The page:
Dear Women's Imaging Insider,
It's National Breast Cancer Awareness Month! Every year around this time, the pink-colored mainstream spotlight is on the importance of regular breast cancer screening, as well as detecting breast cancer early for better treatment outcomes.
Breast cancer screening is no longer just about conventional mammography, of course. Mammography has gone through multiple evolutionary stages in recent decades, from screen film to digital, and from digital to 3D. Malaysian researchers decided to compare 2D mammography, contrast-enhanced mammography, and digital breast tomosynthesis when it comes to mean glandular dosage. Read what they found in this edition's Insider Exclusive.
Another national day had its inaugural recognition recently. National Dense Breast Day was held on September 28. Led by organizers from DenseBreast-info.org, the day aimed to educate women and radiologists on breast density and its ties to breast cancer. Read the story of one of the organizers, JoAnn Pushkin.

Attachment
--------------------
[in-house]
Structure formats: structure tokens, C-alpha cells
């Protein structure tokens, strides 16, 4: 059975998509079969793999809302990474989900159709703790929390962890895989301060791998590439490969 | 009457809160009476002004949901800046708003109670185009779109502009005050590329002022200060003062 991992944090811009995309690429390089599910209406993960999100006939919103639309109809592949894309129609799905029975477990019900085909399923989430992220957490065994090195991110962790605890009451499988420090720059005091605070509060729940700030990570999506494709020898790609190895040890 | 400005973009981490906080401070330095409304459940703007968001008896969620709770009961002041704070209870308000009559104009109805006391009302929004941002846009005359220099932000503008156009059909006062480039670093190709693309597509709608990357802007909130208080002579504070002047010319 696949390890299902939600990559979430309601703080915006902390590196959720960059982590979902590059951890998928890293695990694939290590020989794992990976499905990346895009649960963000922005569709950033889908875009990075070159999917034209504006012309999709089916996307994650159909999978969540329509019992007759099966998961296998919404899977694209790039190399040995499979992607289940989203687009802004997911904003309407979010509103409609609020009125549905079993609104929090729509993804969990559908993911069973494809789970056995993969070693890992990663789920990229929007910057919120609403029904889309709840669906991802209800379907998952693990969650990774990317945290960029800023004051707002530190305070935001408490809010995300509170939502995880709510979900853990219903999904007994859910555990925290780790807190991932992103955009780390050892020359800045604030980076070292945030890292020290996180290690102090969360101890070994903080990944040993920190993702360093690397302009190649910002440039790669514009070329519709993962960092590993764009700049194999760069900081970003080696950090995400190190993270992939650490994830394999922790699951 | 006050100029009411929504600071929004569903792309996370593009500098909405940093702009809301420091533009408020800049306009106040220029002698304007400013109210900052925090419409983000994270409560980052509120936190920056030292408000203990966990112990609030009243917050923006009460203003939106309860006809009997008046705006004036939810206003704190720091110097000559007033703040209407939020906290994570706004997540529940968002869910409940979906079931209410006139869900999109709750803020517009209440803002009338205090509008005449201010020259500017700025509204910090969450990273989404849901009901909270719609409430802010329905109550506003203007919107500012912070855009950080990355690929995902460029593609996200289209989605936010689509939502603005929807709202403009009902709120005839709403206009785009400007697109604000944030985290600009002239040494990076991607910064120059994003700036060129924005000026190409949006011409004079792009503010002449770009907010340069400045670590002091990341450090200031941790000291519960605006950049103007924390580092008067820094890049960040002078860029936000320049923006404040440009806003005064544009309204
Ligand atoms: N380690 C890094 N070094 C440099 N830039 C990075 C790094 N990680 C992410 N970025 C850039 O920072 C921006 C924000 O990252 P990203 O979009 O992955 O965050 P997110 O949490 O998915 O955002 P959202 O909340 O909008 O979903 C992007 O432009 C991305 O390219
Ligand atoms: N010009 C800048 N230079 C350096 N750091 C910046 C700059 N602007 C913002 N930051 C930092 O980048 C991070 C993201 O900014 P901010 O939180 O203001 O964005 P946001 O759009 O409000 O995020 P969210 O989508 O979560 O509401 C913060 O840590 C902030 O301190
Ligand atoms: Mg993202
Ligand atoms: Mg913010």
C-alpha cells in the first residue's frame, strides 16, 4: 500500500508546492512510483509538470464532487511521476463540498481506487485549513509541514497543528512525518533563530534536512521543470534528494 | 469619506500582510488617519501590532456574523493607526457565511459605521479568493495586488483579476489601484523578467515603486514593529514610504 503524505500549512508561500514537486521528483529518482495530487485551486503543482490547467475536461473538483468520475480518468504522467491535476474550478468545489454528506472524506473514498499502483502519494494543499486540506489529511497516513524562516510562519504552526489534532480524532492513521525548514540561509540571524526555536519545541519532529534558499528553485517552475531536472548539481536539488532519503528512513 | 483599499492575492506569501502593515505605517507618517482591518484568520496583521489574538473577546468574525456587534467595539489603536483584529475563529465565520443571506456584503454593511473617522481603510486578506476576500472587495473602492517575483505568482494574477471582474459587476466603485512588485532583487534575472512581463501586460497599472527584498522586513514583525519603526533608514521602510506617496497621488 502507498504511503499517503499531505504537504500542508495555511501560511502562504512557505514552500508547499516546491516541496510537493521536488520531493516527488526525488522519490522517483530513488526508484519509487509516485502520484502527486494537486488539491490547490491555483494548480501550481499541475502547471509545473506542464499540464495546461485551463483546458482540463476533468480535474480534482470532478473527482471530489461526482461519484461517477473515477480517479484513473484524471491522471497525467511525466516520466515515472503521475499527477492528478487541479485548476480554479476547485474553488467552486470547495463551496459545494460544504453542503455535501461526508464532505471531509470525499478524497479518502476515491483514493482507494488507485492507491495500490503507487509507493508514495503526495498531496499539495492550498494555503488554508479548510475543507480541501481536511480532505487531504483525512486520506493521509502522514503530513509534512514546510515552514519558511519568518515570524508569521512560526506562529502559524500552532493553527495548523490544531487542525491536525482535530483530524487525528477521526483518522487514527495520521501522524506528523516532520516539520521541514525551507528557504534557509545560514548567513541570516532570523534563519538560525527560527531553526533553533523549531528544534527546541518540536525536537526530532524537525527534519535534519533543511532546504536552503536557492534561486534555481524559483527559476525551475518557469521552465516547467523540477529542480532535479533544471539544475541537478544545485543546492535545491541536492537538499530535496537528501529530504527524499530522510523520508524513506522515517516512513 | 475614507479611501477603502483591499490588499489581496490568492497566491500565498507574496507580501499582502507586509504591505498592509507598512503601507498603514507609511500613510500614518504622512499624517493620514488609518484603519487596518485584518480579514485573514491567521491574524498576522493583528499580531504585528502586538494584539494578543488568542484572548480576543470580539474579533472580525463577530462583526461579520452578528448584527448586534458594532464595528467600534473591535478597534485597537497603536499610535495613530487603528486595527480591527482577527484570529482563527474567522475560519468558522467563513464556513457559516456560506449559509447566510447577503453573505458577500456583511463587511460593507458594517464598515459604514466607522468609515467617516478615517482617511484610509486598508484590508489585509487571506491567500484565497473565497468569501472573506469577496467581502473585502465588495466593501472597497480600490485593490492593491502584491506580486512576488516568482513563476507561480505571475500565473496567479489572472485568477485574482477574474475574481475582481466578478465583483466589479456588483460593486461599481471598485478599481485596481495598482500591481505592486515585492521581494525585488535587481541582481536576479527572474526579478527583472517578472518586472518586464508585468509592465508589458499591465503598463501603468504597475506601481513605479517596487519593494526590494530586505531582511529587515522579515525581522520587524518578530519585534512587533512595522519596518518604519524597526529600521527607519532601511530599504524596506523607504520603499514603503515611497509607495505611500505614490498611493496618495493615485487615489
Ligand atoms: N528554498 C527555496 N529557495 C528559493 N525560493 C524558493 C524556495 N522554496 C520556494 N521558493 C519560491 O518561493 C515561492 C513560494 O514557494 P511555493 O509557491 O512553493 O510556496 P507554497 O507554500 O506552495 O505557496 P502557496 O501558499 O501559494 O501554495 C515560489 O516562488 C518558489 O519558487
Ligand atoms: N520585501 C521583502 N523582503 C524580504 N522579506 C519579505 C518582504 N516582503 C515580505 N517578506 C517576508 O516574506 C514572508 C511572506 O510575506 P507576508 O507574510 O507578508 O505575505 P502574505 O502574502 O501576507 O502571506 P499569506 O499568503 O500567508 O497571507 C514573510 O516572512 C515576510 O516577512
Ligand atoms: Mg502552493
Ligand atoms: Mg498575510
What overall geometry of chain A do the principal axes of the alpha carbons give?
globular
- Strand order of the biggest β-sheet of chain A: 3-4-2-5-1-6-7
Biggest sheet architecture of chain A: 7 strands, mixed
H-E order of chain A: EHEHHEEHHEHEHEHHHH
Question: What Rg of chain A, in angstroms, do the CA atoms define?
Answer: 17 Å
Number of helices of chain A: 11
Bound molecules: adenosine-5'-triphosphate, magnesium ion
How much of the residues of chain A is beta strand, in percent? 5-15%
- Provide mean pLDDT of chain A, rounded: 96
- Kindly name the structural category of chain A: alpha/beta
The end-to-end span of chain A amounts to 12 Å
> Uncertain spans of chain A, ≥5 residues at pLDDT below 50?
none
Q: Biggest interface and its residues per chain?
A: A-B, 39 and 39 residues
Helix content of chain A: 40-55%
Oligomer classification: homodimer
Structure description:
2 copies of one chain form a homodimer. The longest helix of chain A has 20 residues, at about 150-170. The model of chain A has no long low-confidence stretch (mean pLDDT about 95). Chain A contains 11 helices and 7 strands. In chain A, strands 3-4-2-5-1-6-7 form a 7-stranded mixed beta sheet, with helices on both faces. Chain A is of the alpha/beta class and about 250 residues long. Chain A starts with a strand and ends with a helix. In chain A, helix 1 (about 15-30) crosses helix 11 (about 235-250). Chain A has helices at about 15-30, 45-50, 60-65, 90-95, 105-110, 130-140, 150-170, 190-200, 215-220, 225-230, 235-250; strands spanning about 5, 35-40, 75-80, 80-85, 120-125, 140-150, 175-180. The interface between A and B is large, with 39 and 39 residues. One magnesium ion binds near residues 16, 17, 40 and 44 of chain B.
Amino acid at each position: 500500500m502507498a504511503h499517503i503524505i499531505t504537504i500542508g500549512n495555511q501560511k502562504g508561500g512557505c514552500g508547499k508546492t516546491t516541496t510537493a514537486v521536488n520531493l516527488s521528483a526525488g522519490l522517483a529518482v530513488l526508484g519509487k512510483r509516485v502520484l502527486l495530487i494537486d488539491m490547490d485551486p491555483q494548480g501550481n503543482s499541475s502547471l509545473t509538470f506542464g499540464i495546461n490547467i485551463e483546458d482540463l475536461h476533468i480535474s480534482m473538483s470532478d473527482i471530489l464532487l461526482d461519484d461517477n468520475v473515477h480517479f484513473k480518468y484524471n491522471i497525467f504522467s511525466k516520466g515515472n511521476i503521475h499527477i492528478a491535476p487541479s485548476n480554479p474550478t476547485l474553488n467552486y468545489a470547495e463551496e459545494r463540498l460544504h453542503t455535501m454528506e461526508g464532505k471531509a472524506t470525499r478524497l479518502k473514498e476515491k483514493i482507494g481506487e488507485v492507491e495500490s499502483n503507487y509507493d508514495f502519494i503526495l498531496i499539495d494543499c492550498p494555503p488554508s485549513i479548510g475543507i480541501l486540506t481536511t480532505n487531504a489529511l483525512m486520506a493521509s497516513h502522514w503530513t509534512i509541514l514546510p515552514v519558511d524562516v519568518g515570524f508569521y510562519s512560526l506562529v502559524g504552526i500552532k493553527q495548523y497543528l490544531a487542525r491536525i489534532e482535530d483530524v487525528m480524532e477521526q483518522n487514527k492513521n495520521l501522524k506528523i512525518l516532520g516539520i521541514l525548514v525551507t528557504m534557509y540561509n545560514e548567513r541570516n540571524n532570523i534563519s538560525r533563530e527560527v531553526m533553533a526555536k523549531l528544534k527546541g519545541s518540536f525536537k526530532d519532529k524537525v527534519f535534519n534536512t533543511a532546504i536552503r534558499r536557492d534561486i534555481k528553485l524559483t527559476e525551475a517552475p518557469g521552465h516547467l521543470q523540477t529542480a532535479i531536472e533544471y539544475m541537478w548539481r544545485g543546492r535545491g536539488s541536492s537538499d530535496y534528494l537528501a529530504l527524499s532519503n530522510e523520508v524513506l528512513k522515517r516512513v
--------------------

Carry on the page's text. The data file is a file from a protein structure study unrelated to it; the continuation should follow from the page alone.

In other news, two researchers penned an editorial calling for the "women's imaging" label to be retired. They wrote that "women's imaging" is nonspecific, anatomically inaccurate, and ignores sex while focusing on gender, among other reasons.
Also, a team from the University of Florida found no significant ties between gadolinium-based contrast agents in MRI and risk of fetal or neonatal death. The group also noted similar rates of death and admission in the neonatal intensive care unit between gadolinium and nongadolinium study groups.
Plus, check out the following women's imaging stories:
- A Canadian team reported that over 400,000 fewer mammograms were performed in Ontario during the COVID-19 pandemic than would have otherwise been conducted.
- Black women have less access to new mammography technology compared with white women, though these differences decrease over time as the technologies become more widely available, a recent study suggests.
- Swiss researchers found that using humor during routine breast cancer screenings can improve relationships between radiologists and patients.
- About a quarter of physicians do not consider life expectancy a good enough reason to stop cancer screening in older adults, according to a Johns Hopkins University team.
Find more articles like these by regularly visiting your Women's Imaging Community!